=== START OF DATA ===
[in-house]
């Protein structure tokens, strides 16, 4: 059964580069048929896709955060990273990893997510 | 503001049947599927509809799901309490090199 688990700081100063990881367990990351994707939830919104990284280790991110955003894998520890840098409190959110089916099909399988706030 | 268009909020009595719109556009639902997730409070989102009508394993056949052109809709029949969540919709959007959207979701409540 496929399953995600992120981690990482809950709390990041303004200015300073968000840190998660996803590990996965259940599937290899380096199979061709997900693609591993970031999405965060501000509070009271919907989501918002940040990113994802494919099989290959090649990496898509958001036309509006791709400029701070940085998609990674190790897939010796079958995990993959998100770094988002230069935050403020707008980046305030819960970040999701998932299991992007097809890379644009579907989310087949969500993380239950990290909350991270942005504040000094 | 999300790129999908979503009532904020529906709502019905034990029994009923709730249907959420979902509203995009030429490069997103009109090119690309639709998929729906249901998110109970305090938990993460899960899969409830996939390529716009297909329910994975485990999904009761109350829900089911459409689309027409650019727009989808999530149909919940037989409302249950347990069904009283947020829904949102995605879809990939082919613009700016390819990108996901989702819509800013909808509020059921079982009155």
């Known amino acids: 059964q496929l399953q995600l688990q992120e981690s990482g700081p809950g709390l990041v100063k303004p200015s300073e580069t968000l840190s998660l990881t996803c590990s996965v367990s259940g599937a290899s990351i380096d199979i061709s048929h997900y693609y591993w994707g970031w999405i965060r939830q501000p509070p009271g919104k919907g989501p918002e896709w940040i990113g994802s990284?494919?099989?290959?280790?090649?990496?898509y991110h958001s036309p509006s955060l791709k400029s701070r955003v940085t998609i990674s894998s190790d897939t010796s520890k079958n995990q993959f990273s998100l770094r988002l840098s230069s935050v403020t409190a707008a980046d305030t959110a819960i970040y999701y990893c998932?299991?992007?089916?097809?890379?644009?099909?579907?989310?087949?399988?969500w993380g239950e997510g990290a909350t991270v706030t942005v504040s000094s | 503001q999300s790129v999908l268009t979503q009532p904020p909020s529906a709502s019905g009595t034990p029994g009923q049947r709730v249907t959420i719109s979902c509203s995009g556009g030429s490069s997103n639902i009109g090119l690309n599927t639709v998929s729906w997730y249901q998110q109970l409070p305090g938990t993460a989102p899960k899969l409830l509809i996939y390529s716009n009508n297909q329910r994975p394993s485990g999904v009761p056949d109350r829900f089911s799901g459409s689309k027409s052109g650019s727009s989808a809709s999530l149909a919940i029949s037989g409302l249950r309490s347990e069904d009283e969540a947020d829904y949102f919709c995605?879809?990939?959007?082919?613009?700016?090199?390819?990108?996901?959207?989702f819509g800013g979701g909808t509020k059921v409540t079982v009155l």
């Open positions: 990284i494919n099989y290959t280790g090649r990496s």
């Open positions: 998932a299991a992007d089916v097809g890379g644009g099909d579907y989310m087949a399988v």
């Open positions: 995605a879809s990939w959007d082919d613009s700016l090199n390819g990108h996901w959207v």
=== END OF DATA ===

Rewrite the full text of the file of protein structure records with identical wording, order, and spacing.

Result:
[in-house]
């Protein structure tokens, strides 16, 4: 059964580069048929896709955060990273990893997510 | 503001049947599927509809799901309490090199 688990700081100063990881367990990351994707939830919104990284280790991110955003894998520890840098409190959110089916099909399988706030 | 268009909020009595719109556009639902997730409070989102009508394993056949052109809709029949969540919709959007959207979701409540 496929399953995600992120981690990482809950709390990041303004200015300073968000840190998660996803590990996965259940599937290899380096199979061709997900693609591993970031999405965060501000509070009271919907989501918002940040990113994802494919099989290959090649990496898509958001036309509006791709400029701070940085998609990674190790897939010796079958995990993959998100770094988002230069935050403020707008980046305030819960970040999701998932299991992007097809890379644009579907989310087949969500993380239950990290909350991270942005504040000094 | 999300790129999908979503009532904020529906709502019905034990029994009923709730249907959420979902509203995009030429490069997103009109090119690309639709998929729906249901998110109970305090938990993460899960899969409830996939390529716009297909329910994975485990999904009761109350829900089911459409689309027409650019727009989808999530149909919940037989409302249950347990069904009283947020829904949102995605879809990939082919613009700016390819990108996901989702819509800013909808509020059921079982009155």
């Known amino acids: 059964q496929l399953q995600l688990q992120e981690s990482g700081p809950g709390l990041v100063k303004p200015s300073e580069t968000l840190s998660l990881t996803c590990s996965v367990s259940g599937a290899s990351i380096d199979i061709s048929h997900y693609y591993w994707g970031w999405i965060r939830q501000p509070p009271g919104k919907g989501p918002e896709w940040i990113g994802s990284?494919?099989?290959?280790?090649?990496?898509y991110h958001s036309p509006s955060l791709k400029s701070r955003v940085t998609i990674s894998s190790d897939t010796s520890k079958n995990q993959f990273s998100l770094r988002l840098s230069s935050v403020t409190a707008a980046d305030t959110a819960i970040y999701y990893c998932?299991?992007?089916?097809?890379?644009?099909?579907?989310?087949?399988?969500w993380g239950e997510g990290a909350t991270v706030t942005v504040s000094s | 503001q999300s790129v999908l268009t979503q009532p904020p909020s529906a709502s019905g009595t034990p029994g009923q049947r709730v249907t959420i719109s979902c509203s995009g556009g030429s490069s997103n639902i009109g090119l690309n599927t639709v998929s729906w997730y249901q998110q109970l409070p305090g938990t993460a989102p899960k899969l409830l509809i996939y390529s716009n009508n297909q329910r994975p394993s485990g999904v009761p056949d109350r829900f089911s799901g459409s689309k027409s052109g650019s727009s989808a809709s999530l149909a919940i029949s037989g409302l249950r309490s347990e069904d009283e969540a947020d829904y949102f919709c995605?879809?990939?959007?082919?613009?700016?090199?390819?990108?996901?959207?989702f819509g800013g979701g909808t509020k059921v409540t079982v009155l």
């Open positions: 990284i494919n099989y290959t280790g090649r990496s």
């Open positions: 998932a299991a992007d089916v097809g890379g644009g099909d579907y989310m087949a399988v």
């Open positions: 995605a879809s990939w959007d082919d613009s700016l090199n390819g990108h996901w959207v």